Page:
People email me all the time asking how they should go about getting into coaching, specifically Strength Coaching. I usually tell them that they should volunteer , be an intern, go to as many places as they can to get experience. I tell them that to get ready to be poor, but that it will be worth it, gaining that experience. I usually lose the people at that point, when I mention being poor. For some reason, they don't have to be that poor anymore when first starting off.
And then usually, the memories of my young coaching career come tumbling back….just a bald faced boy….
I started coaching in 1989 at Gardner- Webb University. I made no money the first year. Zero dollars. I delivered pizzas. I was the Assistant Defensive Line Coach, the Assistant Strength Coach and shared the responsibilities of painting the fields, cutting the fields and doing the wash. Also in charge of cleaning the toilets, vacuuming the field house, taking care of the headphones on game day, taking out the trash, picking up the head coach's trash, film exchange, spreading mulch, picking weeds….I could list some more for sure.
In 1990, same thing, same responsibilities, but I made 1,000 dollars for the year. Snuck in the cafeteria for one meal, then ate 4 hot dogs for a dollar from The Pantry. I would put slaw, chili, cheese, mustard on them.
In 1991, same thing, same responsibilities. Same pay , 1,000 dollars. Still 4 "slaw dogs " for a dollar.
In 1992, I was the Head Strength Coach for Football, in charge of the fields(game, practice fields) watering and cutting them, painting the fields and doing the wash. I was in charge, though. And we played for the National Championship. I believe that I made 2,000 dollars that year. My buddy Jimmy Anderson came to his senses that year and got a job teaching high school and got married. I guess he had enough of sleeping in the locker room on a bunk bed.
And so it went. I actually made 21,000 one year teaching high school and coaching in Florida in 1995. But I left to go back into coaching college.
I didn't make over 22,000 dollars until I had been coaching for 13 years. Yep, I was poor. Could have applied for government assistance at any time, and I would have received it for sure.
And to this day, I appreciate that coaching time at Gardner- Webb more than any other. Young, and broke.
I mean, broke. I remember writing in my diary to never, ever, forget the feeling of being so poor.
But you know what? I love coaching and teaching so much that I would have kept doing it for a long , long time for basically nothing, and delivered pizzas at night for those pricks on Main Street.
So one has to pay their dues. Most people I talk to now are not willing to be broke for that long. I bust their chops when I hear my staff ever mention how long they work or how many teams that they coach. What's funny is that they do work insane hours and they do have tons of teams to coach.They are the best, the absolute best staff around. And they can coach their butts off. But they ain't scrubbing toilets. They shouldn't be either, they are professionals. What were we? Crazy, I guess. I am sure that they get tired of hearing about the "tough old days". I love them dearly, but no way would they put up with the crap that myself and my fellow student/graduate assistants did just to coach.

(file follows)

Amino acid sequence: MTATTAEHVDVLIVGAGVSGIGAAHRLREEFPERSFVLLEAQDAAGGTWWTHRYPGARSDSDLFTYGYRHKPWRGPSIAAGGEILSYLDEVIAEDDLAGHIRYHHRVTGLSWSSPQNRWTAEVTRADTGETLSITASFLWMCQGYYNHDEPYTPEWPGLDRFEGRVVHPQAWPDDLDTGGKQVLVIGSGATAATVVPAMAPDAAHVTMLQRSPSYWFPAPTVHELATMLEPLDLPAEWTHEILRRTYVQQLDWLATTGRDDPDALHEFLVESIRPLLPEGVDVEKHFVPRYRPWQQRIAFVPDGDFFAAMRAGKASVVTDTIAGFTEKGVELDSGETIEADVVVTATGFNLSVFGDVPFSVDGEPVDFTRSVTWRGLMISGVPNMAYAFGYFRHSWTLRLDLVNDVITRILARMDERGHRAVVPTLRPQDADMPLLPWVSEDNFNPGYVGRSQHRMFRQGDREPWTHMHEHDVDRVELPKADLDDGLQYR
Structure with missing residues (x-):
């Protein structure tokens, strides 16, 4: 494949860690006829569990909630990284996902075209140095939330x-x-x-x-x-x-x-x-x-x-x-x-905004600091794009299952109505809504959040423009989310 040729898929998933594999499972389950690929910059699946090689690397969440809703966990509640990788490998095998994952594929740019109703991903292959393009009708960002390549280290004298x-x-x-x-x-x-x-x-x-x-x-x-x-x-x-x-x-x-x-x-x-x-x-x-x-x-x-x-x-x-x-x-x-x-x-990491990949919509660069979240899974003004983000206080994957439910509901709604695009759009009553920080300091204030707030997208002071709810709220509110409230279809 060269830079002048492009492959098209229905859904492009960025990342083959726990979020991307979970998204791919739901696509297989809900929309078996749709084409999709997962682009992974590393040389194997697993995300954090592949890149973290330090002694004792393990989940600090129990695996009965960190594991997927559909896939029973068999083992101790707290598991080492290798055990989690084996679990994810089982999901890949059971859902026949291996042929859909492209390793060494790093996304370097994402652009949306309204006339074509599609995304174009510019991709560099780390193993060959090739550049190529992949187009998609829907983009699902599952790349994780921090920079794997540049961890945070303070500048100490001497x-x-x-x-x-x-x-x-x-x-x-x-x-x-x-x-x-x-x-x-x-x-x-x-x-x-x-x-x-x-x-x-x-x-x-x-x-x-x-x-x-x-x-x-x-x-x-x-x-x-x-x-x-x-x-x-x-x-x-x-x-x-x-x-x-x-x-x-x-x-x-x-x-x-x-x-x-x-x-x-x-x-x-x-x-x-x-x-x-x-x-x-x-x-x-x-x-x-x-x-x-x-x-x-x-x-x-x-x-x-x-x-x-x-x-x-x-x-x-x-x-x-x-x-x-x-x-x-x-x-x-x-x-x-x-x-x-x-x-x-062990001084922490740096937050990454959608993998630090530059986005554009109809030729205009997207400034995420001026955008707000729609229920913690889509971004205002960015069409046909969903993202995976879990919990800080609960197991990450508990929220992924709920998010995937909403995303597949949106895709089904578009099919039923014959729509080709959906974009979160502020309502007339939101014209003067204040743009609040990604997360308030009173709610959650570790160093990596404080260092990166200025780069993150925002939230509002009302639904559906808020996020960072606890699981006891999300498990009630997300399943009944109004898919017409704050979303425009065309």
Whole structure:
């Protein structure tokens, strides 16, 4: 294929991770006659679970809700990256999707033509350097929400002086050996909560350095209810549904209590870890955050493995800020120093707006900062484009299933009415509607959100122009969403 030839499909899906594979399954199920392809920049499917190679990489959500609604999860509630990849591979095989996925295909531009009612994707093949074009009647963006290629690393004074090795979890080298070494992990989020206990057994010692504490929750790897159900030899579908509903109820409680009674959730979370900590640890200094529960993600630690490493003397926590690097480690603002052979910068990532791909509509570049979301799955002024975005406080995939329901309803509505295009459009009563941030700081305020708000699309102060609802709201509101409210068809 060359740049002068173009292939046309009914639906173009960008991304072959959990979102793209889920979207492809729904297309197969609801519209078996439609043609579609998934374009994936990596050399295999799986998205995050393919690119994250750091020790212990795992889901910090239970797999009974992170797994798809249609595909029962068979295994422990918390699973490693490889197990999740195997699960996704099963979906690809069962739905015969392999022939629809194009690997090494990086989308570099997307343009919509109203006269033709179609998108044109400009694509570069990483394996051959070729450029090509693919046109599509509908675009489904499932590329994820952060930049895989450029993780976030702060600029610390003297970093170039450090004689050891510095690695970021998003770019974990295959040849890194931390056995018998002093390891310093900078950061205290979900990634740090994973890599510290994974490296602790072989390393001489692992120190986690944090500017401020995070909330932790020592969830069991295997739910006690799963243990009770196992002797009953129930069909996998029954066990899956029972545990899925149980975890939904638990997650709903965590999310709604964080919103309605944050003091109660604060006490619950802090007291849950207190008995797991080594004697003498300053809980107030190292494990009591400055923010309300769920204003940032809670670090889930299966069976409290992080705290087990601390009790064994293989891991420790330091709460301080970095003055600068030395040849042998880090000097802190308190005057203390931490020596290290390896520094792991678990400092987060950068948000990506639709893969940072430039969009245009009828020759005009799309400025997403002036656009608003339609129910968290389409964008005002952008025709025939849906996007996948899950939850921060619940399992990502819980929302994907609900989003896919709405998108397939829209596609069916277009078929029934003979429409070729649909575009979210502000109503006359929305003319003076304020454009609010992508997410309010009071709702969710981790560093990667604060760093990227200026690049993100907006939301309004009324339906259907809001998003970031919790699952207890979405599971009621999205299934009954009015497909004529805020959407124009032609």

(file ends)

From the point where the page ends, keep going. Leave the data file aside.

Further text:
No way would they ever want to do what we did. Can you imagine that conversation? Ok! So here is the deal- you will be working 80 hours a week and here are your responsibilities…and oh yeah, here is your pay. They would walk out, but fast. Anybody in their right mind would walk out. But none of us were in their right minds.
Once you do all that stuff, you realize that you must love coaching. Because we put up with all the crap just so we could step foot on the field and coach. That was it! All of it was worth it because I had 12 defensive linemen who I was in charge of, my boys. And GAME DAY? All game days are magic. You lived for those days.
Out of all the Student/Graduate Assistants that worked at Gardner - Webb with me, most have gone on to have pretty successful careers. One coached at Wake Forest, one is a Head Coach at a D2 School, Jimmy is a head strength coach at a big high school, one coached at Clemson and Alabama and I ended up at Penn. All of us had second jobs at the time also. Jimmy worked at Stouffer's, one guy worked in a yarn mill, I had the pizza gig, etc.
Working like we did brought us all close together. Jimmy and I remain best friends to this day and back then, when we got done mowing the fields, we all would pile in a truck, grab some Jack Daniels and go down to the One Lane Bridge together. I will leave out the guns and the fights and the police….heck we were just kids blowing off some steam.
Working like we did taught us that once you did all that "extra" just to coach that you really must love it and that no task given to you later on in your career was as bad as most tasks we had to perform way back when.
And I hate to say it, but by young coaches not having to struggle and work like we did, they are missing out on something. I reckon that it teaches you to appreciate what you do have when you get that first full time job. Simply put, you are so damn thankful that you can just coach, that your dues are pretty much paid in full.